Friday, November 11, 2011


There is a long standing convention in the textile industry on wraps per inch (wpi). Pack to refusal!  They wind the thread into a slot or gap and they pack to refusal.  (It is a gentle and careful packing that does not  deform the yarn.)  This results in an accurate and precise number that can be related to yards per pound (ypp).

Knitters on the other hand, when making wpi measurements wind their "wpi" loosely, (well not too loosely),  and they get a number that is "fuzzy".  See for example  or It is a more modern method, but it will not give a precise and accurate number. And, it does not differentiate between worsted, woolen, and cotton/silk  It is a different culture. Then, they call the textile guys, "wrong" for using the old, precise method.  The only thing the fuzzy method is good for is putting the yarn in a Craft Yarn Council category.  And, that does not provide a lot of useful information. Particularly for somebody like me who is likely to be spinning fine yarns.  Trying to wrap 20,000 ypp singles (35s) loosely, but not too loosely, is an exercise in futility.   However, with the right gauge one can pack to refusal, and get a precise number.

So here is a solution. Use a gap gauge, wrap the yarn around it, and pack to refusal.  Then, for worsted add 10% and take the square of the number.  That will be a good estimate of the yards per pound.  For Woolens, add 16% and take the square of the number and you will have a good estimate for the ypp.  For silk and cotton add 7%, take the square of the number and you will have a good estimate for the ypp.  That is useful information.

Divide the number of wraps per inch packed to refusal by 2, and you will have a good estimate of the number that is defined as "wpi" by the Craft Yarn Council  and used by American knitters as "wpi.

If you have the yards per pound, take the square root and divide by 2, and you will have the knitters' wpi. Or, you can take the square root of  yards per pound, subtract 10 percent (16% for woolen, 7% for silk and cotton) and you will have the wraps per inch, which is the reciprocal of the thickness of the yarn. This gives the diameter of the yarn. This tells you something useful about the your yarn or thread.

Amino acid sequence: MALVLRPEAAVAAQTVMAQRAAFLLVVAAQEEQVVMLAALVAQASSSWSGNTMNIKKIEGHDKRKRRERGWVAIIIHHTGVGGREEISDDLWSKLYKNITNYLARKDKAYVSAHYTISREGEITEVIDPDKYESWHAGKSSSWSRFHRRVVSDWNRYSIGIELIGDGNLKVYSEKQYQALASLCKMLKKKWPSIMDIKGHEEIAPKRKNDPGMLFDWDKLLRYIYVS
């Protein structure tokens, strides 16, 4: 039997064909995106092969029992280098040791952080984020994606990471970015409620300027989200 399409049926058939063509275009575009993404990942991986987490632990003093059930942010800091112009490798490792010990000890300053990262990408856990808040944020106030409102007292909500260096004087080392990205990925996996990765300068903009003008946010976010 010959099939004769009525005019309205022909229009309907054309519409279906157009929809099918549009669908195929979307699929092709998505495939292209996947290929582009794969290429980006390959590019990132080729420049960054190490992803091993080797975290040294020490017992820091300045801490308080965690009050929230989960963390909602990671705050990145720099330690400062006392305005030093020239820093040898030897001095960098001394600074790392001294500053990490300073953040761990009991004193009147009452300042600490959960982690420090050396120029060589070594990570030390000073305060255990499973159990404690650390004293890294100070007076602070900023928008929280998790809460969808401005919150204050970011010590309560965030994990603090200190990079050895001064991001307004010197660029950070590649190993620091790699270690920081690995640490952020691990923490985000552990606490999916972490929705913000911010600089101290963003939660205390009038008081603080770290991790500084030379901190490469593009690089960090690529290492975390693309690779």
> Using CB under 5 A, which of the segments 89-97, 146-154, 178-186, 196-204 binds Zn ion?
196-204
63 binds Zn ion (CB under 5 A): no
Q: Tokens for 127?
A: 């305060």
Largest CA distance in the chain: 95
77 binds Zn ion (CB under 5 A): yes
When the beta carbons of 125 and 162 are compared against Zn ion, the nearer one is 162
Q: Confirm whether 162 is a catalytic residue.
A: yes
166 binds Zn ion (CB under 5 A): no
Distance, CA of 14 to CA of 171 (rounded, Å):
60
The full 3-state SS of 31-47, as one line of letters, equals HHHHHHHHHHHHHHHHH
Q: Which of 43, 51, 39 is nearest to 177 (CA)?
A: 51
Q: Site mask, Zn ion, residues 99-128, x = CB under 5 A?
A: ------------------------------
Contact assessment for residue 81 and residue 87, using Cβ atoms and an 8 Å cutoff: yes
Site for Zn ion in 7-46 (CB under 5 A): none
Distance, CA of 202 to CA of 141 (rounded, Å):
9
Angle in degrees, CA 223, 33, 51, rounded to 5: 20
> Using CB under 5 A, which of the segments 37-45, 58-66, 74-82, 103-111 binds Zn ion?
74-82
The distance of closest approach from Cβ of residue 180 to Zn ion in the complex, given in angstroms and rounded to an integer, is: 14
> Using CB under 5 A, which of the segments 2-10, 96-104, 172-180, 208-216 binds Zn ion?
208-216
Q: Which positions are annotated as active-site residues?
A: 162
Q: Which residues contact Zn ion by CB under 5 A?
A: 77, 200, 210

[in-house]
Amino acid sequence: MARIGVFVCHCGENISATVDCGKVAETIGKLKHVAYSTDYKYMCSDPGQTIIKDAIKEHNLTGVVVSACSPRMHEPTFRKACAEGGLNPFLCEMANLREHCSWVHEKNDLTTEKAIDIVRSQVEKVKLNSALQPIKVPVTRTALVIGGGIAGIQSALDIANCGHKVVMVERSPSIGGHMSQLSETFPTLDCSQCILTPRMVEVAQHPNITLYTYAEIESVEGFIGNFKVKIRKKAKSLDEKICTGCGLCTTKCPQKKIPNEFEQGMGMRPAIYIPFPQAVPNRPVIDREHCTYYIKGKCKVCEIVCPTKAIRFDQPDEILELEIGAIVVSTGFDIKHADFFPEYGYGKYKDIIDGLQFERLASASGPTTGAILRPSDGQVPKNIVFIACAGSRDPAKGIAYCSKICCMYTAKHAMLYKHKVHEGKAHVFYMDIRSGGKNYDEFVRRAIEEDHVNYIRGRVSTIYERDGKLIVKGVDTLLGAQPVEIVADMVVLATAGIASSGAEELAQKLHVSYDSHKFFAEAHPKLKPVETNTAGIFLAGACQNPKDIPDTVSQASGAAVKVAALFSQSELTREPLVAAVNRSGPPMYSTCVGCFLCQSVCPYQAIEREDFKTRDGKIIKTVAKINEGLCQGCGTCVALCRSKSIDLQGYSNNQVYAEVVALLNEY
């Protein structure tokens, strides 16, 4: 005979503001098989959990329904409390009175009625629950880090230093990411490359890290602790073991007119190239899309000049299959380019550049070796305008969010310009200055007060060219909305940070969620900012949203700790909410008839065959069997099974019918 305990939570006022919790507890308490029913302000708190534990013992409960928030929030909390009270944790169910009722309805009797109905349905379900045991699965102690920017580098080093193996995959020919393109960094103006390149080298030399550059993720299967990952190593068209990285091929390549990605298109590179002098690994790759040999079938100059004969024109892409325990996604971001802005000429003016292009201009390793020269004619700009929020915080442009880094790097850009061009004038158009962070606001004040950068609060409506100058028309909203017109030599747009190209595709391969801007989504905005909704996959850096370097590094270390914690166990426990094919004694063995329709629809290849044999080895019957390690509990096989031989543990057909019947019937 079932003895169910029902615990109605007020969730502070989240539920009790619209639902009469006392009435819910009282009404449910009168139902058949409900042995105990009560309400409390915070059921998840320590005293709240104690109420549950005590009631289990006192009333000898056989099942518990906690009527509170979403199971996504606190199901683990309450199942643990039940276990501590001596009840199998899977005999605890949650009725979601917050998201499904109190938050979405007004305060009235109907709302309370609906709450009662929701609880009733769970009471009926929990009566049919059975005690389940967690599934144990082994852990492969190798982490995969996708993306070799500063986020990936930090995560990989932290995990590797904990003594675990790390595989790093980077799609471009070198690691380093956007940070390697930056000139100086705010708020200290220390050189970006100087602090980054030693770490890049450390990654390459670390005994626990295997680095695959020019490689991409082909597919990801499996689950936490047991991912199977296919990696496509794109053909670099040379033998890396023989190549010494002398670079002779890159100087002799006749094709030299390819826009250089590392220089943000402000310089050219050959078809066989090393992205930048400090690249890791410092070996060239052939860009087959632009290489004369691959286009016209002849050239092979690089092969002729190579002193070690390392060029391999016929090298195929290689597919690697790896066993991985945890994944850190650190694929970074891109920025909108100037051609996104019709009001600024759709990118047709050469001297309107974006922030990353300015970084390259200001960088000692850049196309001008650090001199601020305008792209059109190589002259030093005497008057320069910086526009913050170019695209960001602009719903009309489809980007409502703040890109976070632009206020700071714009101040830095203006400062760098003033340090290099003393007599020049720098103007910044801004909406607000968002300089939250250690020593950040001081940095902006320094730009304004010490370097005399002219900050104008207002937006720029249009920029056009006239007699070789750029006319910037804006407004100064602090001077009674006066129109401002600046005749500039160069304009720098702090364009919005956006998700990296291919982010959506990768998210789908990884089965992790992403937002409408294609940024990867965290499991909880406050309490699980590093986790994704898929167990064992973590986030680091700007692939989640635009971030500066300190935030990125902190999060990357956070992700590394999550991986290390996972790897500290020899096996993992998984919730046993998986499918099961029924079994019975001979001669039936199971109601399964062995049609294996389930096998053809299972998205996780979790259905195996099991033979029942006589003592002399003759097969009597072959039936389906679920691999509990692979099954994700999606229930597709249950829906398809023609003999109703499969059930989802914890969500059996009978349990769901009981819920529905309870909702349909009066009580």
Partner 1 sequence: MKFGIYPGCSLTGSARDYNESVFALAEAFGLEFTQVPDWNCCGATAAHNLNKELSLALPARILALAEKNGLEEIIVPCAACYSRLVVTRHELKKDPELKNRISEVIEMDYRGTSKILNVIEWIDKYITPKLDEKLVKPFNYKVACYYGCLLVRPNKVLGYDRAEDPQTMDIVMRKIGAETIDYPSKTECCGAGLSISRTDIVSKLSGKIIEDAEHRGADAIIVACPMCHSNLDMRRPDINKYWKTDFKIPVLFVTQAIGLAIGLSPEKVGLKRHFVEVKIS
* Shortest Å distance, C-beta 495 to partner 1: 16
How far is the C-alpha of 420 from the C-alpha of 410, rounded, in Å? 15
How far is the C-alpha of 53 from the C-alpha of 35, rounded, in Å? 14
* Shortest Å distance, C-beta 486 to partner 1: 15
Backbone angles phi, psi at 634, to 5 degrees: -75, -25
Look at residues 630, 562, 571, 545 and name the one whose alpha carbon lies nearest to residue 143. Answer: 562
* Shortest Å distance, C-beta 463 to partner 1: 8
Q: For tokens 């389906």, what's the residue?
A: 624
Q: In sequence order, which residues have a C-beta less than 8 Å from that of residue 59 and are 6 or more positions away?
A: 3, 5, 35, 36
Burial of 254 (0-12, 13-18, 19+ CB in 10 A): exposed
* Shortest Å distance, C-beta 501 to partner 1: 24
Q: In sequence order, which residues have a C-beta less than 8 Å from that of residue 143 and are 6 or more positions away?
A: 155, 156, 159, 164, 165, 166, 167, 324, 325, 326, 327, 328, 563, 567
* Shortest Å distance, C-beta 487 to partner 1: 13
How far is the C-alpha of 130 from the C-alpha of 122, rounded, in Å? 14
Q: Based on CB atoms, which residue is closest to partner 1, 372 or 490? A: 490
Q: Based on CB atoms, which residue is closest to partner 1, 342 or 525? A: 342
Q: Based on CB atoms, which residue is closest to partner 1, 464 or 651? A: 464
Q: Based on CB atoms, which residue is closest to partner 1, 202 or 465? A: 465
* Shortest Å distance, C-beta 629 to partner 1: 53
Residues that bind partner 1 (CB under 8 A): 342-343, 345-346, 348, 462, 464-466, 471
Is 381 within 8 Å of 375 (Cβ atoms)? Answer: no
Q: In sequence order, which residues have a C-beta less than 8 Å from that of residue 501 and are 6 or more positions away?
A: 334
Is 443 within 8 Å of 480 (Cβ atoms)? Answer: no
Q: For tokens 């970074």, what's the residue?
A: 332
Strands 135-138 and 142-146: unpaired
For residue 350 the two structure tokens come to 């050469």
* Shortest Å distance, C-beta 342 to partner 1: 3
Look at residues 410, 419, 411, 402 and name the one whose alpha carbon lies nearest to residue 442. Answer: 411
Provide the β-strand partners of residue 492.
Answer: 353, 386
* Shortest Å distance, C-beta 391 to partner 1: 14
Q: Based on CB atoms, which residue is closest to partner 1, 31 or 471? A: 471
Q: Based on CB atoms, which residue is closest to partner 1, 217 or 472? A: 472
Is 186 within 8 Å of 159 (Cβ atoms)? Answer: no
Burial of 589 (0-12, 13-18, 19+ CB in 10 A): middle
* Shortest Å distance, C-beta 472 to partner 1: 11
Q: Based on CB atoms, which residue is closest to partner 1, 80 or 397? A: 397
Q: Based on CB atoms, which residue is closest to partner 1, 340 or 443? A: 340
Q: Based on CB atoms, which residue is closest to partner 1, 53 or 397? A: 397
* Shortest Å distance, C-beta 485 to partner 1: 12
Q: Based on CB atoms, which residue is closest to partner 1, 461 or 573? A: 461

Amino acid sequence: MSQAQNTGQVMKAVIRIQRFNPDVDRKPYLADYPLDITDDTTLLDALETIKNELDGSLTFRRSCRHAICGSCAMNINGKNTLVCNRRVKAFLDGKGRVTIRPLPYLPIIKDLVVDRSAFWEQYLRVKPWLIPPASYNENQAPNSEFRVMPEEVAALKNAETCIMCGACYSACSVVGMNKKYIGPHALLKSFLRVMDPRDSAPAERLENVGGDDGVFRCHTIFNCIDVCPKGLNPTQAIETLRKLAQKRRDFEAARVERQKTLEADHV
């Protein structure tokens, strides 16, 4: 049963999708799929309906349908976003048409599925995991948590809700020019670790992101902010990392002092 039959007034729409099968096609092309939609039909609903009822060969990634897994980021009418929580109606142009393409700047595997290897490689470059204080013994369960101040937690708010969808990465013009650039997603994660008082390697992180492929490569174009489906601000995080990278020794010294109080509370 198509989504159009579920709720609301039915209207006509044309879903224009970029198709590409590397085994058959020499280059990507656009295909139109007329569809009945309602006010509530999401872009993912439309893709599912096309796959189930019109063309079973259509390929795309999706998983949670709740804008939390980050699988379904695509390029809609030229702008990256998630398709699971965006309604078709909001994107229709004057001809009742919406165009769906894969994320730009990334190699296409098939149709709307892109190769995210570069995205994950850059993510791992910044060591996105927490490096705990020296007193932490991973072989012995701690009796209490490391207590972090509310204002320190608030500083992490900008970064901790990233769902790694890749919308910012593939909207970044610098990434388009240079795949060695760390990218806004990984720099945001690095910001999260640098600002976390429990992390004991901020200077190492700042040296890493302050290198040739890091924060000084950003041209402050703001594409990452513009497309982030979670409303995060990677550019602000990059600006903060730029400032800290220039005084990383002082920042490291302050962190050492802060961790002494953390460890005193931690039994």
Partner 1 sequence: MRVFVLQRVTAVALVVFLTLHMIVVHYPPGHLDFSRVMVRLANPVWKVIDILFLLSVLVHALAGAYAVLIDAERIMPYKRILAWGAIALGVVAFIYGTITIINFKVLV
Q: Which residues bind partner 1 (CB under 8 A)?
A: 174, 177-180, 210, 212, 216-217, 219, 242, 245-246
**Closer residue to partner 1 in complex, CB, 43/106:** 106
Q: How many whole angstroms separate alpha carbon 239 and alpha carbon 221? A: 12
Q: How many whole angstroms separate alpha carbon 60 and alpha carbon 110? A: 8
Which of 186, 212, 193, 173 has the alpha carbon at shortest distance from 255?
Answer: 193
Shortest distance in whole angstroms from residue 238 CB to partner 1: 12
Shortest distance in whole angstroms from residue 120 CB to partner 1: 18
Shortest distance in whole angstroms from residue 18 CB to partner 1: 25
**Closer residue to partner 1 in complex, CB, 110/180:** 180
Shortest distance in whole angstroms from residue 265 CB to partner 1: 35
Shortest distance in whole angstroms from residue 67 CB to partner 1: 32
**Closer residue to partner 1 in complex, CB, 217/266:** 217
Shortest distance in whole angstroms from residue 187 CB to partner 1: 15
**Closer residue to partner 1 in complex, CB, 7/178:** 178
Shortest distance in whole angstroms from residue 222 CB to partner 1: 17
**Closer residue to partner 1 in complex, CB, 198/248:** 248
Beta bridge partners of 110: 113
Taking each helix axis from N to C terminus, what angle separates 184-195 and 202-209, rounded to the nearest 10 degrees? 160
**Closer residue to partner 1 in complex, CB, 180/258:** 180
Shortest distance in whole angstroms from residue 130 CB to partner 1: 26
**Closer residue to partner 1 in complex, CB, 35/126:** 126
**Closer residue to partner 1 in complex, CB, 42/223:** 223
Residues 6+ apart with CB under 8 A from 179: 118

In Judith MacKenzie 's the intentional spinner, she does not tell how to do wpi, but when we look at her projects we see that she says a  semi woolen yarn at 2475 ypp has 27 to 30 wpi; 1460 ypp has 18-20 wpi ; 300 ypp has 5 - 6  wpi.  She does not even try to get a number more precise than a range of 10%.  Shannon Okey's Spin to Knit,  on page 57 says that if  want to know more about grist, see Alden Amos's Big Book of Hand Spinning.  Well, Alden says, "Pack to refusal!"  Then Okey contradicts Alden on page on her page 126 by saying one can just wrap the yarn around a ruler.  No, that is not "pack to refusal".

This having two different measures in related fields, with the same name causes some confusion.  For example, yarn, that I say is 100 wpi, most knitters would call 50 wpi, and then they would say I do not know what I am taking about.  Well that is yarn spun at 22 hanks per pound or 12,000+ ypp.  I work with those kinds of threads every day.  Do they?  Measuring the yarn as 100 wpi tells me something useful about the yarn.  Measuring it as 50 wpi tell me that it is "lace weight", and I knew that without picking up a ruler.

Alden Amos gets it correct in his Big Book of Handspinning. I just wish that Alden had put in corrections for yarn construction and yarn fiber.  Then the wrap per inch  number in the table on his page 383 would be 7% to 16% less.    Peter Teal in Hand Woolcombing and Spinning gets it correct, and his Appendix III is the best conversion table. (However, he only addresses worsted yarns, and grist is stated in spin count.)  Better is scanned at


=Tamar said...

You say "pack to refusal" doesn't deform the yarn. But on the websites you linked to, their descriptions of the wrapping process are identical to your description. If ptr gets twice as many wraps per inch as their method, then it must deform the yarn. There is no other explanation for the difference.

Aaron said...

It is like a Japanese subway. How many people can fit in a subway car? With packers, they can get more commuters on the train, and yet nobody is so deformed that they end up in the hospital.

That is what ptr means. Full body contact from head to toe. Without ptr, you will not see that kind of full body contact. Unless there is full body contact, the packers can likely pack more people into the car, ie the car is not full. As long as you let the passengers decide how much space there is between people, nobody knows how many people are on board the train. Once everybody is packed on in full contact with each other, then we have a good estimate of how many passengers are on board.

Until you have packed your gap to refusal, you do not know how many more warps of yarn will fit into the gap.

At ptr we have a uniform fiber density across the gap at a thickness of 1/wpi. That tells us the cross-section of the yarn, in a simple and repeatable way. From the cross section of the yarn, we can calculate its grist.